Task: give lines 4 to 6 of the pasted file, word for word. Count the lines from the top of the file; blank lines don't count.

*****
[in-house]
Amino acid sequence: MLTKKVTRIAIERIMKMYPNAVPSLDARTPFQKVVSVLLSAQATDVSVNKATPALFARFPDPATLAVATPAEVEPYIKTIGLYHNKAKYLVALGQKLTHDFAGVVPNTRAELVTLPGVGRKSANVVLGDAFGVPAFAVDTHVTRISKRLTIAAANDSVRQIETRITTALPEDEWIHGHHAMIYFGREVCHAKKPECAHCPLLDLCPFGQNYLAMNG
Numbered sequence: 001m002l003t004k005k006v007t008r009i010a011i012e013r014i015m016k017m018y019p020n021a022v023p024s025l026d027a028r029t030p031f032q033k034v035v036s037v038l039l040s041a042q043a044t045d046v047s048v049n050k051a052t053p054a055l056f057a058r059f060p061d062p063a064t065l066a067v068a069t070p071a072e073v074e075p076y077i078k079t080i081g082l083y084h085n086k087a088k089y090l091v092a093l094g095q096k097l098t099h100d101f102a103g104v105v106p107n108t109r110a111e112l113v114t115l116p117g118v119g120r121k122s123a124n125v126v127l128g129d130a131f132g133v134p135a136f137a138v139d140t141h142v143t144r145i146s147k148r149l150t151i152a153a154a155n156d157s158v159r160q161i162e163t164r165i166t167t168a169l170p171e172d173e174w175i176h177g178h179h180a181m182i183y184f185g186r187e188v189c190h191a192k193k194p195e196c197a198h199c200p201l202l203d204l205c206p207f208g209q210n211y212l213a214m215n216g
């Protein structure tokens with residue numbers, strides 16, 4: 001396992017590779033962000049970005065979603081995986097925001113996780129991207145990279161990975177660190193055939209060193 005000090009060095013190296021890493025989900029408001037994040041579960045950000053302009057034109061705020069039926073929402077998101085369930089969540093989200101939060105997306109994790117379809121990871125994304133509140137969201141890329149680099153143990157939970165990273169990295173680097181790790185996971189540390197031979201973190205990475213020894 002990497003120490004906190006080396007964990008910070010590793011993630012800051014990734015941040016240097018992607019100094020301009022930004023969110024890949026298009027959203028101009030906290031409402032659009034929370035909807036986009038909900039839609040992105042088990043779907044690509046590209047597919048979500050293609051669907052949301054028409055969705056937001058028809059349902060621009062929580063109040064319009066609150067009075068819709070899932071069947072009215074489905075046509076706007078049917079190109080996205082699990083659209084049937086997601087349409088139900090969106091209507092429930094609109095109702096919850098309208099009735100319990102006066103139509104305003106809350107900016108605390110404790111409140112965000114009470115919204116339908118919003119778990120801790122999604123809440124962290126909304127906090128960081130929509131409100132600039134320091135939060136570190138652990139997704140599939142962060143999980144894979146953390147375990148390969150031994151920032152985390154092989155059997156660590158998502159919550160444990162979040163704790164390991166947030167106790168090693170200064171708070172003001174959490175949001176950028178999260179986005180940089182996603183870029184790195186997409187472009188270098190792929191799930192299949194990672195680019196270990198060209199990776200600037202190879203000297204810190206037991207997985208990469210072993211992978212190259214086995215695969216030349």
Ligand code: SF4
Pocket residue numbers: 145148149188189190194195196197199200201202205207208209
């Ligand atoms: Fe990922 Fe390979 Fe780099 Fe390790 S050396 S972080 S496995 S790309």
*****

């Protein structure tokens with residue numbers, strides 16, 4: 001396992017590779033962000049970005065979603081995986097925001113996780129991207145990279161990975177660190193055939209060193 005000090009060095013190296021890493025989900029408001037994040041579960045950000053302009057034109061705020069039926073929402077998101085369930089969540093989200101939060105997306109994790117379809121990871125994304133509140137969201141890329149680099153143990157939970165990273169990295173680097181790790185996971189540390197031979201973190205990475213020894 002990497003120490004906190006080396007964990008910070010590793011993630012800051014990734015941040016240097018992607019100094020301009022930004023969110024890949026298009027959203028101009030906290031409402032659009034929370035909807036986009038909900039839609040992105042088990043779907044690509046590209047597919048979500050293609051669907052949301054028409055969705056937001058028809059349902060621009062929580063109040064319009066609150067009075068819709070899932071069947072009215074489905075046509076706007078049917079190109080996205082699990083659209084049937086997601087349409088139900090969106091209507092429930094609109095109702096919850098309208099009735100319990102006066103139509104305003106809350107900016108605390110404790111409140112965000114009470115919204116339908118919003119778990120801790122999604123809440124962290126909304127906090128960081130929509131409100132600039134320091135939060136570190138652990139997704140599939142962060143999980144894979146953390147375990148390969150031994151920032152985390154092989155059997156660590158998502159919550160444990162979040163704790164390991166947030167106790168090693170200064171708070172003001174959490175949001176950028178999260179986005180940089182996603183870029184790195186997409187472009188270098190792929191799930192299949194990672195680019196270990198060209199990776200600037202190879203000297204810190206037991207997985208990469210072993211992978212190259214086995215695969216030349």
Ligand code: SF4
Pocket residue numbers: 145148149188189190194195196197199200201202205207208209